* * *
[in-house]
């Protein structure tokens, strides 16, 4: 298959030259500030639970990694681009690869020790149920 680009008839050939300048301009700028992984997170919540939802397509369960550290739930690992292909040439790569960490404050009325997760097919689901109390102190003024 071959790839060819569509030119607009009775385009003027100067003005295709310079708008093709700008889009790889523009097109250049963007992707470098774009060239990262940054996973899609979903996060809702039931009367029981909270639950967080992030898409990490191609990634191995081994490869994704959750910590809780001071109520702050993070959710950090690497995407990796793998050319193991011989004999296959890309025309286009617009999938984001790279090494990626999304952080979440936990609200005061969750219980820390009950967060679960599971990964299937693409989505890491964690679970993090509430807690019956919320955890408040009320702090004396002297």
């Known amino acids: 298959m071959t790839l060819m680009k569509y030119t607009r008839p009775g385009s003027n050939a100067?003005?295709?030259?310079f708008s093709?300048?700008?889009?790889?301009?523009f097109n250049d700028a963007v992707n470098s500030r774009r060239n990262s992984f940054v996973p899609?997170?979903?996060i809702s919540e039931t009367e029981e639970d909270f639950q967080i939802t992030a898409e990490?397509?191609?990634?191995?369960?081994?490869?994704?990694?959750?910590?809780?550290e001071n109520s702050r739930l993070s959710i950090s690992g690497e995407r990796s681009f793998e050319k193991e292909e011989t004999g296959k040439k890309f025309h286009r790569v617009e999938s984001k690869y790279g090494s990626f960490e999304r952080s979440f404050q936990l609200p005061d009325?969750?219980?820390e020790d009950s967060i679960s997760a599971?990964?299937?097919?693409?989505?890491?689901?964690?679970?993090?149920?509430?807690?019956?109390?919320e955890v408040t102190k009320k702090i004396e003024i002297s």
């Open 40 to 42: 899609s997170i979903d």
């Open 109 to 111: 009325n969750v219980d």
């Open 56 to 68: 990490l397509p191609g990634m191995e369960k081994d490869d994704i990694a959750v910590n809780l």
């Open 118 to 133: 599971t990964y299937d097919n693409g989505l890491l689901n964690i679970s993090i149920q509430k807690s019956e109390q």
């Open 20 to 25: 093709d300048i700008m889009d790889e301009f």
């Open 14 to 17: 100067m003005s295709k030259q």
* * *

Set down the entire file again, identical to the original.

[in-house]
């Protein structure tokens, strides 16, 4: 298959030259500030639970990694681009690869020790149920 680009008839050939300048301009700028992984997170919540939802397509369960550290739930690992292909040439790569960490404050009325997760097919689901109390102190003024 071959790839060819569509030119607009009775385009003027100067003005295709310079708008093709700008889009790889523009097109250049963007992707470098774009060239990262940054996973899609979903996060809702039931009367029981909270639950967080992030898409990490191609990634191995081994490869994704959750910590809780001071109520702050993070959710950090690497995407990796793998050319193991011989004999296959890309025309286009617009999938984001790279090494990626999304952080979440936990609200005061969750219980820390009950967060679960599971990964299937693409989505890491964690679970993090509430807690019956919320955890408040009320702090004396002297």
């Known amino acids: 298959m071959t790839l060819m680009k569509y030119t607009r008839p009775g385009s003027n050939a100067?003005?295709?030259?310079f708008s093709?300048?700008?889009?790889?301009?523009f097109n250049d700028a963007v992707n470098s500030r774009r060239n990262s992984f940054v996973p899609?997170?979903?996060i809702s919540e039931t009367e029981e639970d909270f639950q967080i939802t992030a898409e990490?397509?191609?990634?191995?369960?081994?490869?994704?990694?959750?910590?809780?550290e001071n109520s702050r739930l993070s959710i950090s690992g690497e995407r990796s681009f793998e050319k193991e292909e011989t004999g296959k040439k890309f025309h286009r790569v617009e999938s984001k690869y790279g090494s990626f960490e999304r952080s979440f404050q936990l609200p005061d009325?969750?219980?820390e020790d009950s967060i679960s997760a599971?990964?299937?097919?693409?989505?890491?689901?964690?679970?993090?149920?509430?807690?019956?109390?919320e955890v408040t102190k009320k702090i004396e003024i002297s």
């Open 40 to 42: 899609s997170i979903d």
């Open 109 to 111: 009325n969750v219980d």
């Open 56 to 68: 990490l397509p191609g990634m191995e369960k081994d490869d994704i990694a959750v910590n809780l």
């Open 118 to 133: 599971t990964y299937d097919n693409g989505l890491l689901n964690i679970s993090i149920q509430k807690s019956e109390q």
């Open 20 to 25: 093709d300048i700008m889009d790889e301009f």
């Open 14 to 17: 100067m003005s295709k030259q």